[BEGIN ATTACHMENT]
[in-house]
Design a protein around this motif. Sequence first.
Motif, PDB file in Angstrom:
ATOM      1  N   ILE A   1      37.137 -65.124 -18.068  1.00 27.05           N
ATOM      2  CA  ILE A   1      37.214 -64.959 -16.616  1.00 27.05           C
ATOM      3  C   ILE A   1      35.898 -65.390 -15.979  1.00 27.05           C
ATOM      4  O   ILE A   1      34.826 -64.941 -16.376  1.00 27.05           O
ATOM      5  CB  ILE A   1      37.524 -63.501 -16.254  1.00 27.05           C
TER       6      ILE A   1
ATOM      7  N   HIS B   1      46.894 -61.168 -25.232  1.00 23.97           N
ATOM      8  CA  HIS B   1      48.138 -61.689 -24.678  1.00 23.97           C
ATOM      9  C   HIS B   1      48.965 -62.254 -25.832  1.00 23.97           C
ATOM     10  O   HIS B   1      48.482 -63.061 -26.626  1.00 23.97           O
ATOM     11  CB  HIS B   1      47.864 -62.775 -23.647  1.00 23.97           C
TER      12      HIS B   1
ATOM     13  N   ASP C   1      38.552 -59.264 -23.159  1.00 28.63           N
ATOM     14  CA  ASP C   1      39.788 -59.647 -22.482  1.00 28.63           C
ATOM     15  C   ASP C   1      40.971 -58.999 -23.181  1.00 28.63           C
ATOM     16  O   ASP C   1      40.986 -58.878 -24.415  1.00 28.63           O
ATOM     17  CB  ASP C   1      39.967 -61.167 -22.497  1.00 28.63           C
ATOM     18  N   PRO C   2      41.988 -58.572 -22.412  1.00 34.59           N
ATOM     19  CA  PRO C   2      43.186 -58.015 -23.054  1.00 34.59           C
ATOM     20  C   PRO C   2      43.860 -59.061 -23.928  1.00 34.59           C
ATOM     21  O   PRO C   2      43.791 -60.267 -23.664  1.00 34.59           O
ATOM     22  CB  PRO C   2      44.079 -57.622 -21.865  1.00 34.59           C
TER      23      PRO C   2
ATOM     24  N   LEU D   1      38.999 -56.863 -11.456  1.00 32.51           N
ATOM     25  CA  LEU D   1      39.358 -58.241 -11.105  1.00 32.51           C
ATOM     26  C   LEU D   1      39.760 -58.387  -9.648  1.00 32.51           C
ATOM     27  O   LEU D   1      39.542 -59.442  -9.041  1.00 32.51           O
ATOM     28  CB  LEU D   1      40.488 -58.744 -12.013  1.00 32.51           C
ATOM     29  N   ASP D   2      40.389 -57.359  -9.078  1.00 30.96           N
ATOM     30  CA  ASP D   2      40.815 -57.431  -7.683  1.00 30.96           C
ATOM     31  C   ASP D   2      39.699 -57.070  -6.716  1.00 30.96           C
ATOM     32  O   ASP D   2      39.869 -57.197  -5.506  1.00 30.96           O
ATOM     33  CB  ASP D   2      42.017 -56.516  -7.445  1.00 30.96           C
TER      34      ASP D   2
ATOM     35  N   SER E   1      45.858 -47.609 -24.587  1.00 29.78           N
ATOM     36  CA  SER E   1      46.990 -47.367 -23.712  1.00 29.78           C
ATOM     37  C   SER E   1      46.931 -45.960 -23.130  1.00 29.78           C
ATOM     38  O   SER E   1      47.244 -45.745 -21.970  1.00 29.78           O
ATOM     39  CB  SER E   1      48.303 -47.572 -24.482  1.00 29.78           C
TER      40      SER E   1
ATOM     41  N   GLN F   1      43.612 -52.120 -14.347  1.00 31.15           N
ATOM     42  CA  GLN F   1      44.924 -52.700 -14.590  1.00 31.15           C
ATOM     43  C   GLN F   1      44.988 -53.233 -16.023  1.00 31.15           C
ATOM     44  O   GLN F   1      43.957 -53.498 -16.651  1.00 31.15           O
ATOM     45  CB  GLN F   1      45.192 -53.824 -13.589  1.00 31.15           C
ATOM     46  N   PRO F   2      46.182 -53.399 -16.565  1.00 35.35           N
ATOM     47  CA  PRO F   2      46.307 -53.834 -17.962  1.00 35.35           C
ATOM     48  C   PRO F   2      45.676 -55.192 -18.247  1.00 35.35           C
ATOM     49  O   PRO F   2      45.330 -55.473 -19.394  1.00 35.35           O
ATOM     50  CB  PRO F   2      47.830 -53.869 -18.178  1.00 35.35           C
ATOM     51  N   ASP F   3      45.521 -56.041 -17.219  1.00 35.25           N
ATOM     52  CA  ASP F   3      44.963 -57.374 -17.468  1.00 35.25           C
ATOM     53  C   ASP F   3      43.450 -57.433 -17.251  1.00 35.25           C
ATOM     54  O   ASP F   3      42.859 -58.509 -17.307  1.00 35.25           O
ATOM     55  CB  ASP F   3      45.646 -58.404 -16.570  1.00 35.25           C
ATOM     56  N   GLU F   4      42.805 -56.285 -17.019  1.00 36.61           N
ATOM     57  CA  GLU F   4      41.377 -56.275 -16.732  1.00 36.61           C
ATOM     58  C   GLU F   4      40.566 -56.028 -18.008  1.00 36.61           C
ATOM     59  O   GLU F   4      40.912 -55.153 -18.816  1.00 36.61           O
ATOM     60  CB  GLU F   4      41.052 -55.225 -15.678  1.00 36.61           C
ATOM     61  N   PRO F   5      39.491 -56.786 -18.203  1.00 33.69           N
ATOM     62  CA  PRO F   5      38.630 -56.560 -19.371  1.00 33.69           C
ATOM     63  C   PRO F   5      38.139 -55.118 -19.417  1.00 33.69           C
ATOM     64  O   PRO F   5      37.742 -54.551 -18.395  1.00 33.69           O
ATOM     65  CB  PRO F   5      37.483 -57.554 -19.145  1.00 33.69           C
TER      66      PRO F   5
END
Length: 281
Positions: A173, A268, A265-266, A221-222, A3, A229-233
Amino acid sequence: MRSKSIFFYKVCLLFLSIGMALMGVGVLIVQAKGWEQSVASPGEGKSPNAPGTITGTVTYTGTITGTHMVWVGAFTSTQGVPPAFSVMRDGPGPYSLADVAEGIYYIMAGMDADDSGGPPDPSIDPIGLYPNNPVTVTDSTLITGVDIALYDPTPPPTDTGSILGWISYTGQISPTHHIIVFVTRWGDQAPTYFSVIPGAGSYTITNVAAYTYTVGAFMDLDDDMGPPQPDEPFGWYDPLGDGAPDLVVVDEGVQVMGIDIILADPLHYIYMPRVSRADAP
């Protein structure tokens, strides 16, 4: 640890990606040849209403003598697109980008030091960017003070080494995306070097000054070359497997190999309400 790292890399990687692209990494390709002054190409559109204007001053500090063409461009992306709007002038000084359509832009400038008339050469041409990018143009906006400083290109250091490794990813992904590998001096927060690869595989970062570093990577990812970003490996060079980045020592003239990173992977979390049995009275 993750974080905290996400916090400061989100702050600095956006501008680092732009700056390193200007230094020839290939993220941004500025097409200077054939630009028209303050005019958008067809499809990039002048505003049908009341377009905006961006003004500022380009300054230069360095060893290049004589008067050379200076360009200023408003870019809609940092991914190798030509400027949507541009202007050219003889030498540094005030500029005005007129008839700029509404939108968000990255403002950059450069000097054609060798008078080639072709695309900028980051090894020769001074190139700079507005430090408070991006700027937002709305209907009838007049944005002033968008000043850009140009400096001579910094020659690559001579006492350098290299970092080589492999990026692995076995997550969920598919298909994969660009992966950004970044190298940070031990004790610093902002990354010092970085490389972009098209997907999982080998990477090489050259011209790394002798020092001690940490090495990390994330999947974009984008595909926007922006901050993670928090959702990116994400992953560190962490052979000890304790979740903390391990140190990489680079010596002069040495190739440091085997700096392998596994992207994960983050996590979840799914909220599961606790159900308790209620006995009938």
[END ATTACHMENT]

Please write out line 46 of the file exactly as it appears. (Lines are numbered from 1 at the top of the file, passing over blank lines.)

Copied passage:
ATOM     43  C   GLN F   1      44.988 -53.233 -16.023  1.00 31.15           C